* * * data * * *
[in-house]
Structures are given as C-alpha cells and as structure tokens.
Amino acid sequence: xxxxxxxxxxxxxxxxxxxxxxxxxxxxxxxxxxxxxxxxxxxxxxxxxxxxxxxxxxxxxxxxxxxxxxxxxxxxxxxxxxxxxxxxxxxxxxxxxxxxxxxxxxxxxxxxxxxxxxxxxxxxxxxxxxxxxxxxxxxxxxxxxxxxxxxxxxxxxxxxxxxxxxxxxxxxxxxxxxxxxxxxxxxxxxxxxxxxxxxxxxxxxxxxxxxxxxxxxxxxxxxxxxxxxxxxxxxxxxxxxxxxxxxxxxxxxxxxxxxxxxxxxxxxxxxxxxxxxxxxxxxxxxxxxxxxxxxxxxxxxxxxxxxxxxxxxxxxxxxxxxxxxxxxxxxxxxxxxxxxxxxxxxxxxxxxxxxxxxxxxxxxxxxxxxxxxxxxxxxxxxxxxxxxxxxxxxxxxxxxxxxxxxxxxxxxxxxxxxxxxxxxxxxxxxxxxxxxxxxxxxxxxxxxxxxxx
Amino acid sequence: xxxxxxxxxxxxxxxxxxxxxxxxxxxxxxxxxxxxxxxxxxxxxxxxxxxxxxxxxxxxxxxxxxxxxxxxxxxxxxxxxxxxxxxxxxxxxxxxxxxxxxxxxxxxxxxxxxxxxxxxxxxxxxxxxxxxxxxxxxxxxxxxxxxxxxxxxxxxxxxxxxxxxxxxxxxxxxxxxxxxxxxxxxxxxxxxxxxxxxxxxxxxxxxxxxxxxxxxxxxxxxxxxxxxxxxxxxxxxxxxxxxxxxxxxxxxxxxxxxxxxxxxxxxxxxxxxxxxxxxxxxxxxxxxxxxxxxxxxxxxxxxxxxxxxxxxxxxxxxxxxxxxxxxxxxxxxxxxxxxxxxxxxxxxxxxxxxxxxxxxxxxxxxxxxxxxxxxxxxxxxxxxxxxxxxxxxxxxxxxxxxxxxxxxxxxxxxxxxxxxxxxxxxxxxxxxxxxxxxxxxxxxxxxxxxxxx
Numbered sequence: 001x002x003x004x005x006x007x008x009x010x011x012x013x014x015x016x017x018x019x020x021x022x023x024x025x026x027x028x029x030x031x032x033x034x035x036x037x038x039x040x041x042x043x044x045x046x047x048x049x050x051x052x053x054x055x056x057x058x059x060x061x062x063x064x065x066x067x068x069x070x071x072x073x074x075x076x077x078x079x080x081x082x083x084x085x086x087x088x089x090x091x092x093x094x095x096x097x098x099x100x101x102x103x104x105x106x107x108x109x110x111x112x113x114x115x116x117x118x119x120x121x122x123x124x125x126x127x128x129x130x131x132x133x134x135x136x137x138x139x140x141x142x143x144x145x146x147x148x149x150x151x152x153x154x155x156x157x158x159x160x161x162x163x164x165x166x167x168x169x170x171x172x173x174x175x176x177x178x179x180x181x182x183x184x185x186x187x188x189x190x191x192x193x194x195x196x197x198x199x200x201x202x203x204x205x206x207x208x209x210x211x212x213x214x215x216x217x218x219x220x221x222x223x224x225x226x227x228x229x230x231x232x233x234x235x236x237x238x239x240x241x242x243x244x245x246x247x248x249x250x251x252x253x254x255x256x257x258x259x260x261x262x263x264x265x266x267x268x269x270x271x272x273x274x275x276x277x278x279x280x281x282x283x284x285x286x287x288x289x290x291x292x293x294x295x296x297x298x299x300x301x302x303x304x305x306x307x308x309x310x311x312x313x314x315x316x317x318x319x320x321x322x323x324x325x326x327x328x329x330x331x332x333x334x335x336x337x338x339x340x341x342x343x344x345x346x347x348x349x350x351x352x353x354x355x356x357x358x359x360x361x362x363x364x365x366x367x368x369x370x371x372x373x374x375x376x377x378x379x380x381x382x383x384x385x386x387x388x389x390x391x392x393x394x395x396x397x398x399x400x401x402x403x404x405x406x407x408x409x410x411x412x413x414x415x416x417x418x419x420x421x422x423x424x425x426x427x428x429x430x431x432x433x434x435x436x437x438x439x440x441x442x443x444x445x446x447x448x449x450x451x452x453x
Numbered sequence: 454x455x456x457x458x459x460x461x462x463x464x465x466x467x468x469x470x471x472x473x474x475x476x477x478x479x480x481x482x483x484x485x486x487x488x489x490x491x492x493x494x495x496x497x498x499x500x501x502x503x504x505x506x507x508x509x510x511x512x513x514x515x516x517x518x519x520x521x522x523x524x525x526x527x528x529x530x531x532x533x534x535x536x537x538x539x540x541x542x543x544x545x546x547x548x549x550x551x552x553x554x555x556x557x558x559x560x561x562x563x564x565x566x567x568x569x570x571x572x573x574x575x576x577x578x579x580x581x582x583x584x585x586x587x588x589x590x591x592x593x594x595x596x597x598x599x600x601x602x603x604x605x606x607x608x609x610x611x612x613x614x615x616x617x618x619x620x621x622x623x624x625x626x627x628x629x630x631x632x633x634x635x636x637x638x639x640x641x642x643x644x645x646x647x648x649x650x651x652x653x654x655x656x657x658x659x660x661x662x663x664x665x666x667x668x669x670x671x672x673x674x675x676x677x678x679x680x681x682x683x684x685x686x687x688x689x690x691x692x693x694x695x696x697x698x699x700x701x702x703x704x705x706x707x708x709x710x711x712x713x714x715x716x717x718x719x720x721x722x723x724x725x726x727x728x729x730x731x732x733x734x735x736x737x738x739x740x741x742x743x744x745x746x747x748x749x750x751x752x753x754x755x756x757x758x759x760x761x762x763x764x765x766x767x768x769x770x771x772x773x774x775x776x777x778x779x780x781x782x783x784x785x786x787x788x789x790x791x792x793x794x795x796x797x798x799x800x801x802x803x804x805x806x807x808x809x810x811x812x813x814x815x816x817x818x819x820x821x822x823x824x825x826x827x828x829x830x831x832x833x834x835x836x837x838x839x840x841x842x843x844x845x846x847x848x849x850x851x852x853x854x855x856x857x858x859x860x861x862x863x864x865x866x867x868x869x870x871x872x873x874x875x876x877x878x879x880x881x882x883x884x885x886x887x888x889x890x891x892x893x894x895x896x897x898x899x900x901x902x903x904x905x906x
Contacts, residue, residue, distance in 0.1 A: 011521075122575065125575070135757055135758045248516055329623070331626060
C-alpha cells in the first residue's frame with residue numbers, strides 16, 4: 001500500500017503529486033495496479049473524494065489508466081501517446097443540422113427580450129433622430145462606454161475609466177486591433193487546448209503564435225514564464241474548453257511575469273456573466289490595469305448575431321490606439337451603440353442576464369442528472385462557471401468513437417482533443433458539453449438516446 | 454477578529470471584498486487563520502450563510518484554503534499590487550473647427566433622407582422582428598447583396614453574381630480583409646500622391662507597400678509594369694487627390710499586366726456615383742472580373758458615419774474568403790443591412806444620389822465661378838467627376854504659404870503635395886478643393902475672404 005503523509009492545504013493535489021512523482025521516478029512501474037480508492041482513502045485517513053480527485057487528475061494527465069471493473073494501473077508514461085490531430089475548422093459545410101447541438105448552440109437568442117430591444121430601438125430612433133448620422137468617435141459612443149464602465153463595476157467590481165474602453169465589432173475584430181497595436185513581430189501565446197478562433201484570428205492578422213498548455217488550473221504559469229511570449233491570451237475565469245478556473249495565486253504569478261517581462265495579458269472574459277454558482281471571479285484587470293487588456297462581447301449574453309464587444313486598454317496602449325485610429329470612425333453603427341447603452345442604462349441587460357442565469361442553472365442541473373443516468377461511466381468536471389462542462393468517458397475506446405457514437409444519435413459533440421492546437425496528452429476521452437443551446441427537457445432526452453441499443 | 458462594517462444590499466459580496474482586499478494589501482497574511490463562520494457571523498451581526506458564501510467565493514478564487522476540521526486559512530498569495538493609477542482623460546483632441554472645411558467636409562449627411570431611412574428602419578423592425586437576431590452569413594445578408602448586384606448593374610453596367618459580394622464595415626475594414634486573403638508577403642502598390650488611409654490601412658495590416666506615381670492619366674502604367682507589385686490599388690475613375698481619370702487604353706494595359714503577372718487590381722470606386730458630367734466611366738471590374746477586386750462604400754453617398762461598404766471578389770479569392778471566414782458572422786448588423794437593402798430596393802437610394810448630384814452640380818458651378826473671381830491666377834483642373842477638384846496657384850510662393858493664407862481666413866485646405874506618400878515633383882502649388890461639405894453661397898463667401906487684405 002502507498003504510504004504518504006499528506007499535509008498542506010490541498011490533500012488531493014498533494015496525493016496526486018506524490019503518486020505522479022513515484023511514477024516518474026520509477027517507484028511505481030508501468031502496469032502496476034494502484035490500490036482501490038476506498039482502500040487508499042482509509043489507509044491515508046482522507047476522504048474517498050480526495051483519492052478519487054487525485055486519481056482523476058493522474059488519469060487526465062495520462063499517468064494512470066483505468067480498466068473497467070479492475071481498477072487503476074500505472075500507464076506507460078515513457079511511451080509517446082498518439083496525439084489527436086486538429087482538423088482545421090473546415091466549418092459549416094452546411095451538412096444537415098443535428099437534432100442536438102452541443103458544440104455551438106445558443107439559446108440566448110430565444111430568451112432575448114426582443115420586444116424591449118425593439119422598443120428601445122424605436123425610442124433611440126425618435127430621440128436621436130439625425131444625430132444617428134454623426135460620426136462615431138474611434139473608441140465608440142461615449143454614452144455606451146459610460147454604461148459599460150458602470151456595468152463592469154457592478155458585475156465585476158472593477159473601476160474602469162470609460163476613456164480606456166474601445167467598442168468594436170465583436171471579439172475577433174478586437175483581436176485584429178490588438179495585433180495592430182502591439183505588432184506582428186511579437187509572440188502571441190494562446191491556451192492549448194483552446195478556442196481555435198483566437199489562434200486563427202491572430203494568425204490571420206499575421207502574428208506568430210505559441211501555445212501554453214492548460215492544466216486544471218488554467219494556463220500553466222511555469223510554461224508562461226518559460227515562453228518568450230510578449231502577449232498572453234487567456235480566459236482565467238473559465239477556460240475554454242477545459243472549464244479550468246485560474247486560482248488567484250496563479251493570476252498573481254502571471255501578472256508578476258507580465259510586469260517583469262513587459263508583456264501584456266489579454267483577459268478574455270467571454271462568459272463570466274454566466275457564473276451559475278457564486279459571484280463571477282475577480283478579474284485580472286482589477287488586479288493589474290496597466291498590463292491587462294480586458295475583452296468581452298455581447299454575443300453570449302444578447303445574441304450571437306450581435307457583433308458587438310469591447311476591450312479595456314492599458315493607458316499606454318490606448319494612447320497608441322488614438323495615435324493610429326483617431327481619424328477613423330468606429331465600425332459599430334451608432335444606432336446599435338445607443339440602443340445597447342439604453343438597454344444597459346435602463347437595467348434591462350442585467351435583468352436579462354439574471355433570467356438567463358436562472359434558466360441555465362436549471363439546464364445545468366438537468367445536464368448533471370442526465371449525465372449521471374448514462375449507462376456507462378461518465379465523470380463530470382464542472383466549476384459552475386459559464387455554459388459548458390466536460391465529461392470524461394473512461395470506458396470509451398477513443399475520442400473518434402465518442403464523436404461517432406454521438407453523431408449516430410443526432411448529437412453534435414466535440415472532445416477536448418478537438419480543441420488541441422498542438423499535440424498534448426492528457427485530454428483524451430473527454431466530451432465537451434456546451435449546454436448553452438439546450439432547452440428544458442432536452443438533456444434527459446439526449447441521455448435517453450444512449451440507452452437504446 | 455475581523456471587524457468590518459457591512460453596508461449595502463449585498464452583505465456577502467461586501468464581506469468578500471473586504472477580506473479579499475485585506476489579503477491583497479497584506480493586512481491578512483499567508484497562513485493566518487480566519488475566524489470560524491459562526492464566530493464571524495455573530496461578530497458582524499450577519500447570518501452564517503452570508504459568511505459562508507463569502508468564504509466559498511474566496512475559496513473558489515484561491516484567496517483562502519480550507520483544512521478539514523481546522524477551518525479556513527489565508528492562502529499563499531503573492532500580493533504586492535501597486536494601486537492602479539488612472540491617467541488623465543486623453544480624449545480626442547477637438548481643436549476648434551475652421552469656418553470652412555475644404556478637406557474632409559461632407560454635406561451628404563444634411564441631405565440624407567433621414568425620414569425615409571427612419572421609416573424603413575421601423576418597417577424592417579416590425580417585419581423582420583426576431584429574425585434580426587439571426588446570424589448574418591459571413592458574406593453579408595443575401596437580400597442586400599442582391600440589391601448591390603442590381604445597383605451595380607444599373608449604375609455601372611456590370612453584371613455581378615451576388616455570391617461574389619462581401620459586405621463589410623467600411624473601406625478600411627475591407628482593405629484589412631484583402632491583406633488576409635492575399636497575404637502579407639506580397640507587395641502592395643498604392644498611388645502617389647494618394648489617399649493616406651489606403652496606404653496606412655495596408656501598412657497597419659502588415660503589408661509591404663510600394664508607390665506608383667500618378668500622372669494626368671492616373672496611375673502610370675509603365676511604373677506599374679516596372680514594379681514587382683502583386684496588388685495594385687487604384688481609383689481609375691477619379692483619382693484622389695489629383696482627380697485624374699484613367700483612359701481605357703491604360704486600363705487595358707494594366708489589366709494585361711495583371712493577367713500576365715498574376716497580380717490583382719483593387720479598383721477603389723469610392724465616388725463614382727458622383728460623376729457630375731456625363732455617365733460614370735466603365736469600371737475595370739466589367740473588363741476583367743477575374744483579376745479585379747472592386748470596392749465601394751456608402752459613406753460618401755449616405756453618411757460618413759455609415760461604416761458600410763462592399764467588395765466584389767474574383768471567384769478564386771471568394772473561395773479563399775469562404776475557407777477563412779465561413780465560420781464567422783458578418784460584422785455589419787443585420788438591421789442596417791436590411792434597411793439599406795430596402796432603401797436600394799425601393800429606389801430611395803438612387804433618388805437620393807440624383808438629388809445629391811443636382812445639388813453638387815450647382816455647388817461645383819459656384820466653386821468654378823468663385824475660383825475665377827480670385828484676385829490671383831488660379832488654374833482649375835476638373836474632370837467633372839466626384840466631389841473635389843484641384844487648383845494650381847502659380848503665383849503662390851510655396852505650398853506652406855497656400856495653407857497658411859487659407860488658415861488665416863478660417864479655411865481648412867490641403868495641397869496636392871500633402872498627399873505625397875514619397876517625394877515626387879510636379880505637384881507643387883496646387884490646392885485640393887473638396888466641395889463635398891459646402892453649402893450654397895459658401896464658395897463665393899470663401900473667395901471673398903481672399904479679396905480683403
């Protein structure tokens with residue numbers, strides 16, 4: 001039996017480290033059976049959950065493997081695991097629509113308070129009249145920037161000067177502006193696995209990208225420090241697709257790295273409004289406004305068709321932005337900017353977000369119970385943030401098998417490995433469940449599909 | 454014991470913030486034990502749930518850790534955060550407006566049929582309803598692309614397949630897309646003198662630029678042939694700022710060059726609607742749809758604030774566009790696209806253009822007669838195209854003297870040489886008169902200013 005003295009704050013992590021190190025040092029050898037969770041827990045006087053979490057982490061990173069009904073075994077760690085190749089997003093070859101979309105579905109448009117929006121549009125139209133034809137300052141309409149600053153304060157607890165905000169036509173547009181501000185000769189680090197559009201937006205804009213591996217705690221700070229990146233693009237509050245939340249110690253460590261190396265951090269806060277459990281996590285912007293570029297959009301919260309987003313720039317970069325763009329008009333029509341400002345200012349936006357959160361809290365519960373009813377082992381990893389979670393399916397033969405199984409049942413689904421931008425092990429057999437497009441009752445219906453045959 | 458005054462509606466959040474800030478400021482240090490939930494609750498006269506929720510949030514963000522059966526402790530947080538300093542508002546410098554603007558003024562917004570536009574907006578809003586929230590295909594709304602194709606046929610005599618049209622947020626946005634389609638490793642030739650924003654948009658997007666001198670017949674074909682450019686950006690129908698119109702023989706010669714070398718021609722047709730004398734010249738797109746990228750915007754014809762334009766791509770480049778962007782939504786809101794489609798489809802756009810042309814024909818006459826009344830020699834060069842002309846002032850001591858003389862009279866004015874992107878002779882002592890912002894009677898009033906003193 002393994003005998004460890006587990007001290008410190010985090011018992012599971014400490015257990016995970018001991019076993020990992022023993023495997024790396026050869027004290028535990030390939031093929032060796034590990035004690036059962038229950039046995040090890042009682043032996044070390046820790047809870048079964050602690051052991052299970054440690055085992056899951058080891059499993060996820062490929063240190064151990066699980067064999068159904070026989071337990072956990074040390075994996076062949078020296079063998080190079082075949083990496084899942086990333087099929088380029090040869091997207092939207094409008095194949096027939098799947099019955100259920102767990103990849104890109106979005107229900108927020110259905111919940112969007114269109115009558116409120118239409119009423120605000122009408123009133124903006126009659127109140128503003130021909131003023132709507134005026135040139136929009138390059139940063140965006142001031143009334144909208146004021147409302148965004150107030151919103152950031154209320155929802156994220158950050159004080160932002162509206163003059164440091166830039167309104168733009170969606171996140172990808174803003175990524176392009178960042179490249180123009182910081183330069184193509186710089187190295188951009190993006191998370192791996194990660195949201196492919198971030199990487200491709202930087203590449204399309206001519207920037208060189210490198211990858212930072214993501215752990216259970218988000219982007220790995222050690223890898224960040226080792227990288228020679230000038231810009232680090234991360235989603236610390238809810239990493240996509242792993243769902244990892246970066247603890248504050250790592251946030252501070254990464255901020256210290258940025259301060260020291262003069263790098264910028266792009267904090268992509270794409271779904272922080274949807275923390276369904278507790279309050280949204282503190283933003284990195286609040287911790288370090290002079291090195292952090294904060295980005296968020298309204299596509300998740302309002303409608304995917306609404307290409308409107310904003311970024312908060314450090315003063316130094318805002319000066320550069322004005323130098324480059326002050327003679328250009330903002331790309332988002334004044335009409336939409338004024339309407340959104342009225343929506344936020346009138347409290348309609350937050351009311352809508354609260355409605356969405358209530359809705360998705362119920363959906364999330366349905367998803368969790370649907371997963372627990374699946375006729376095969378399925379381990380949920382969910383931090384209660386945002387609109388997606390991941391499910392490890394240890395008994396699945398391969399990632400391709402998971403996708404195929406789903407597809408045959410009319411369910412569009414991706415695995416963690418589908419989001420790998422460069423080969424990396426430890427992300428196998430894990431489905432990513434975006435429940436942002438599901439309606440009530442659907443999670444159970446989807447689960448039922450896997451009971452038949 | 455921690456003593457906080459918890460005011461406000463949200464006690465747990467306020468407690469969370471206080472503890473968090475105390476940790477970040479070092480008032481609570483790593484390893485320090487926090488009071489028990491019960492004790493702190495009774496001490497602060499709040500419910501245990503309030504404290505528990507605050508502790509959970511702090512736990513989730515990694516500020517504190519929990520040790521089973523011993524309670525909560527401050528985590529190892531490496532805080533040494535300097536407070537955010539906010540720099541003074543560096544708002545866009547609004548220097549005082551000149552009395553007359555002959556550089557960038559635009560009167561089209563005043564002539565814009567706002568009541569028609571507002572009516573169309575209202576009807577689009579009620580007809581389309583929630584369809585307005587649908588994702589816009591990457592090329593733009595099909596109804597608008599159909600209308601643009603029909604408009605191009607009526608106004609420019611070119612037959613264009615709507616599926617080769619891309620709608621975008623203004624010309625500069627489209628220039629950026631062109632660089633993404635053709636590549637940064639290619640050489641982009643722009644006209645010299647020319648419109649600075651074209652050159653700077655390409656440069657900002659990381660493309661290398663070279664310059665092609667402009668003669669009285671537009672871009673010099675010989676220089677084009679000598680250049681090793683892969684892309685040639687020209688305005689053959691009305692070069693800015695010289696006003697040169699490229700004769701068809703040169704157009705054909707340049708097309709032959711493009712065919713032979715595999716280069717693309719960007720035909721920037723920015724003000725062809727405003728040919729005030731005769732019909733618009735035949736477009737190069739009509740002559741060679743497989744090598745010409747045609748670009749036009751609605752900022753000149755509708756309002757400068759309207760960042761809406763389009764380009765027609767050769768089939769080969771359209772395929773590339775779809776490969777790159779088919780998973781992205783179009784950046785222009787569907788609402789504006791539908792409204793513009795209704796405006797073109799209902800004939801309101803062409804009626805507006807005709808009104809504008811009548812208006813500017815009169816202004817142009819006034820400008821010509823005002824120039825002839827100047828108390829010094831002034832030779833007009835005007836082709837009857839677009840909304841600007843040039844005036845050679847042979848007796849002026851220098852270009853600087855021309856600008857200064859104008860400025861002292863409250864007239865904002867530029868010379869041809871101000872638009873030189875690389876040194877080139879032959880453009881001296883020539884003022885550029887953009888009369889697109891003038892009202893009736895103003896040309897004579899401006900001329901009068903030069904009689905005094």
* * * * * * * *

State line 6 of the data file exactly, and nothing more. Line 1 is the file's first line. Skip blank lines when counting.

Numbered sequence: 454x455x456x457x458x459x460x461x462x463x464x465x466x467x468x469x470x471x472x473x474x475x476x477x478x479x480x481x482x483x484x485x486x487x488x489x490x491x492x493x494x495x496x497x498x499x500x501x502x503x504x505x506x507x508x509x510x511x512x513x514x515x516x517x518x519x520x521x522x523x524x525x526x527x528x529x530x531x532x533x534x535x536x537x538x539x540x541x542x543x544x545x546x547x548x549x550x551x552x553x554x555x556x557x558x559x560x561x562x563x564x565x566x567x568x569x570x571x572x573x574x575x576x577x578x579x580x581x582x583x584x585x586x587x588x589x590x591x592x593x594x595x596x597x598x599x600x601x602x603x604x605x606x607x608x609x610x611x612x613x614x615x616x617x618x619x620x621x622x623x624x625x626x627x628x629x630x631x632x633x634x635x636x637x638x639x640x641x642x643x644x645x646x647x648x649x650x651x652x653x654x655x656x657x658x659x660x661x662x663x664x665x666x667x668x669x670x671x672x673x674x675x676x677x678x679x680x681x682x683x684x685x686x687x688x689x690x691x692x693x694x695x696x697x698x699x700x701x702x703x704x705x706x707x708x709x710x711x712x713x714x715x716x717x718x719x720x721x722x723x724x725x726x727x728x729x730x731x732x733x734x735x736x737x738x739x740x741x742x743x744x745x746x747x748x749x750x751x752x753x754x755x756x757x758x759x760x761x762x763x764x765x766x767x768x769x770x771x772x773x774x775x776x777x778x779x780x781x782x783x784x785x786x787x788x789x790x791x792x793x794x795x796x797x798x799x800x801x802x803x804x805x806x807x808x809x810x811x812x813x814x815x816x817x818x819x820x821x822x823x824x825x826x827x828x829x830x831x832x833x834x835x836x837x838x839x840x841x842x843x844x845x846x847x848x849x850x851x852x853x854x855x856x857x858x859x860x861x862x863x864x865x866x867x868x869x870x871x872x873x874x875x876x877x878x879x880x881x882x883x884x885x886x887x888x889x890x891x892x893x894x895x896x897x898x899x900x901x902x903x904x905x906x